A few days later in the studio, the stage was set for a one minute performance of four recurring sequences titled ‘Lost Time’. ‘[…] we do not know, in a phenomenological sense, whether forgetting is only an impediment to evoking and recovering the “lost time”, or whether it results from the unavoidable wearing away “by” time of the traces left in us by past events in the form of original affections.’ (Ricoeur, 2004, 2006 ed., p.30)
One of the elevations of the room was projected onto the wall of the studio and masking tape was used to mark out on the floor the exact boundaries of the interior. Three cameras were running, one for the foreground, one for the middleground and another for the background.In preparation for the performance, I previously mapped the scenography across a series of diagrammatic drawings showing the sequence of movement across the floor space and elevations, bridging the gap between the emotional and the physical, between performance and design drawing. I also included three props. Two of them represented the room in anthropomorphic terms. To represent the room in the present, I used a once beautiful but now damaged 1930’s tailored woman’s suit jacket turned inside out to show its ripped lining. To represent the room in the past, I chose a chair covered with a heavy single white sheet. The third prop was a recording of voices that represented keynote sounds of the people in the present moving across the building.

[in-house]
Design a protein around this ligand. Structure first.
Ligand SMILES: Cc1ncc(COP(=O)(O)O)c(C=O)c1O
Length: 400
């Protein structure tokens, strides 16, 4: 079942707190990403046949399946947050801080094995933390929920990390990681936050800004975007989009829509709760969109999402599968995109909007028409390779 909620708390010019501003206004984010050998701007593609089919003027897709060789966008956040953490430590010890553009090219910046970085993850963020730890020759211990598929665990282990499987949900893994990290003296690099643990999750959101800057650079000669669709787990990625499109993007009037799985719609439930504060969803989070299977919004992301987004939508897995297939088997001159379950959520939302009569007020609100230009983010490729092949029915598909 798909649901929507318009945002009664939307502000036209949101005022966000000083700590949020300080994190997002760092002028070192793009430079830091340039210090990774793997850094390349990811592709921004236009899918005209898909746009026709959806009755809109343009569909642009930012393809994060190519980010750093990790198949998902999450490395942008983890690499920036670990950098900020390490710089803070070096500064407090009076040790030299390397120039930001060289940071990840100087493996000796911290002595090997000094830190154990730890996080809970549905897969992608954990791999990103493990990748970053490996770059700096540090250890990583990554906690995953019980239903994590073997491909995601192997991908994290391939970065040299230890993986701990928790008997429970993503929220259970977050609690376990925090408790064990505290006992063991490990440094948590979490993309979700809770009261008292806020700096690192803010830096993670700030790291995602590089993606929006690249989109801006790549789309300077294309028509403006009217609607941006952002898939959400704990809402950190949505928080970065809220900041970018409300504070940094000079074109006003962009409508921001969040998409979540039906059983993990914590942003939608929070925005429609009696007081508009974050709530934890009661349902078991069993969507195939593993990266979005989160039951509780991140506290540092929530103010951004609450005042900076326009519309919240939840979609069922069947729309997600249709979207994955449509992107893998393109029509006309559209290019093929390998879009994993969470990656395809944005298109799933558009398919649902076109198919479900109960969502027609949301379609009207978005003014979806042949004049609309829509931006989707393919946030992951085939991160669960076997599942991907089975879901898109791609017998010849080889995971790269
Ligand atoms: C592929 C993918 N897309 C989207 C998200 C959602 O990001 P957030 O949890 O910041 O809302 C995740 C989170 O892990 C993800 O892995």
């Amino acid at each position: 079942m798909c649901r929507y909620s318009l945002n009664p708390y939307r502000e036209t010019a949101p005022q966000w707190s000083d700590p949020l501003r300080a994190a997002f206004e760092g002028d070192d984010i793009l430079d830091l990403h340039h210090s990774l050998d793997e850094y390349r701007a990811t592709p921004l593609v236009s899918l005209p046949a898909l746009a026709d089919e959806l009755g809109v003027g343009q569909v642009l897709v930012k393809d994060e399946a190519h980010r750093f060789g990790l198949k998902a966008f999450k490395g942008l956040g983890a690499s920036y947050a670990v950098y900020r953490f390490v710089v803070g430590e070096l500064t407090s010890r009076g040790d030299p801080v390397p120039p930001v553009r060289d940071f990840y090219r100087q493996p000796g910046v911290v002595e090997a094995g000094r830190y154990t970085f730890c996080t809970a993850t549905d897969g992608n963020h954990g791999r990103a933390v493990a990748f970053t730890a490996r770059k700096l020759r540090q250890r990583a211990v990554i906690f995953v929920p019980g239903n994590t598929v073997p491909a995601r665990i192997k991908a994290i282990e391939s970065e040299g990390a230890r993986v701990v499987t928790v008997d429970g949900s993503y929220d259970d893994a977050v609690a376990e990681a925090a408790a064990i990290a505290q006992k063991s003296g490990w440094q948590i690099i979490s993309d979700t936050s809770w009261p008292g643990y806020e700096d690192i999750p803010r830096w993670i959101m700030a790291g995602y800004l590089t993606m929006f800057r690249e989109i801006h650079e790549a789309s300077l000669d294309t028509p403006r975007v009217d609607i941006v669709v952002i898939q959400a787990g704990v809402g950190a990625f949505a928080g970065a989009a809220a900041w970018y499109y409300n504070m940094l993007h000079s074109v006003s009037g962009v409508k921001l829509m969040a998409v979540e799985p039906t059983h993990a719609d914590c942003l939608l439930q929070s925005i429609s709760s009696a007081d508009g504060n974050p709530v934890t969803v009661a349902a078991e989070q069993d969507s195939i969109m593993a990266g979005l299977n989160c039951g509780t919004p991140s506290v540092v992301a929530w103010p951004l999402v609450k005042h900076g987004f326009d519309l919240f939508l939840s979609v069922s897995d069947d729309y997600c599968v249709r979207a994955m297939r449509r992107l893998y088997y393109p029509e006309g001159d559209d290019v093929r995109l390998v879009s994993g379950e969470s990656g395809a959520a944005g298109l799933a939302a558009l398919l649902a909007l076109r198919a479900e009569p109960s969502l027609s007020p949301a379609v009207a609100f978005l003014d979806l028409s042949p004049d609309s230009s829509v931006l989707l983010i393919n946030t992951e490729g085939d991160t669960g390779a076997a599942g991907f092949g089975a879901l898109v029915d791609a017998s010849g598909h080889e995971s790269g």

The performance is inspired by my experience within the entire building and a desire to express this unique and uncanny situation, I chose to perform the feeling of loss, duality and the anxiety emerging from the destructive layers of time felt when I visited the site and the momentary confusion that resulted from the sound of people’s voices reverberating across the building’s surfaces. The room used for the performance becomes the stage, a blank canvas onto which I could project the narrative of the situation. It explores the sensation of being physically, emotionally and psychologically aware of the space both in the present and trough the imprint of its past expressed by fragments of memory still visible amidst the decay. The room, represented by a figure sitting on a chair (waiting), inhabits its former reality, now a world of stillness and silence. As people speak when they enter the room (in the present time), they create vibrations, which produce energy waves that alter the medium, substances and surfaces, not only across the environment but also time. The room can now hear voices and tries to locate the sounds vibrating across the environment but it can’t, and people, in their own reality can see the decay and rubble while never experiencing the environment as it was originally intended. When they leave, all is quiet again and the room goes back to its waiting position.Movement is activated by the emission of sound, an actual recording of people talking as they enter the room taken on site.The movement through the environment is fast but hesitant because it is impossible to locate the source of the sound and also incorporates swift 360˚ turns to change direction and emphasise the feeling of confusion. When the sound stops, the movement slows down and lacks clear direction.